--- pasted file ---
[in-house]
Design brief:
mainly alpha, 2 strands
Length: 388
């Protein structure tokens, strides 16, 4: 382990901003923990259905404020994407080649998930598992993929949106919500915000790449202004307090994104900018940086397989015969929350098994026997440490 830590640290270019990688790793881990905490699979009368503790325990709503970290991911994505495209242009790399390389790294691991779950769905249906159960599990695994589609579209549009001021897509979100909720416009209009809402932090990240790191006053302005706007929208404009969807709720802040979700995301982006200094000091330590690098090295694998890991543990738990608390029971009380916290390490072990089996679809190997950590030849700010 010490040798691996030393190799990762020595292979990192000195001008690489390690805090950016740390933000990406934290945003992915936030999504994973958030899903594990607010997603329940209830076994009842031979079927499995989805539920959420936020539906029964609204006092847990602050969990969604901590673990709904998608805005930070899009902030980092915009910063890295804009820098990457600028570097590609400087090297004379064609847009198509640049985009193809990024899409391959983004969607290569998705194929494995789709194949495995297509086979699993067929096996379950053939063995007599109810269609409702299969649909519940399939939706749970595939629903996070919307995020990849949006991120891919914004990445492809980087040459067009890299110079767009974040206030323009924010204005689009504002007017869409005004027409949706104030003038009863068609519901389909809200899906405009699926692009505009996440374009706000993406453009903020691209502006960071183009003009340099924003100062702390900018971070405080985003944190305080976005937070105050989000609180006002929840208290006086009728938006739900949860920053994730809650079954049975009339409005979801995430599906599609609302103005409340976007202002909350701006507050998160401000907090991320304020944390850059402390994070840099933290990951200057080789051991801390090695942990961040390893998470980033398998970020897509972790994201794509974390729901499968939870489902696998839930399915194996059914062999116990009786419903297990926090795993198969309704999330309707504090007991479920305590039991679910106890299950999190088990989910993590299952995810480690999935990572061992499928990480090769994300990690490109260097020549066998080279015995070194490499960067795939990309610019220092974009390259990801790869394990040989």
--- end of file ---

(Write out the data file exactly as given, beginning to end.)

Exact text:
[in-house]
Design brief:
mainly alpha, 2 strands
Length: 388
């Protein structure tokens, strides 16, 4: 382990901003923990259905404020994407080649998930598992993929949106919500915000790449202004307090994104900018940086397989015969929350098994026997440490 830590640290270019990688790793881990905490699979009368503790325990709503970290991911994505495209242009790399390389790294691991779950769905249906159960599990695994589609579209549009001021897509979100909720416009209009809402932090990240790191006053302005706007929208404009969807709720802040979700995301982006200094000091330590690098090295694998890991543990738990608390029971009380916290390490072990089996679809190997950590030849700010 010490040798691996030393190799990762020595292979990192000195001008690489390690805090950016740390933000990406934290945003992915936030999504994973958030899903594990607010997603329940209830076994009842031979079927499995989805539920959420936020539906029964609204006092847990602050969990969604901590673990709904998608805005930070899009902030980092915009910063890295804009820098990457600028570097590609400087090297004379064609847009198509640049985009193809990024899409391959983004969607290569998705194929494995789709194949495995297509086979699993067929096996379950053939063995007599109810269609409702299969649909519940399939939706749970595939629903996070919307995020990849949006991120891919914004990445492809980087040459067009890299110079767009974040206030323009924010204005689009504002007017869409005004027409949706104030003038009863068609519901389909809200899906405009699926692009505009996440374009706000993406453009903020691209502006960071183009003009340099924003100062702390900018971070405080985003944190305080976005937070105050989000609180006002929840208290006086009728938006739900949860920053994730809650079954049975009339409005979801995430599906599609609302103005409340976007202002909350701006507050998160401000907090991320304020944390850059402390994070840099933290990951200057080789051991801390090695942990961040390893998470980033398998970020897509972790994201794509974390729901499968939870489902696998839930399915194996059914062999116990009786419903297990926090795993198969309704999330309707504090007991479920305590039991679910106890299950999190088990989910993590299952995810480690999935990572061992499928990480090769994300990690490109260097020549066998080279015995070194490499960067795939990309610019220092974009390259990801790869394990040989």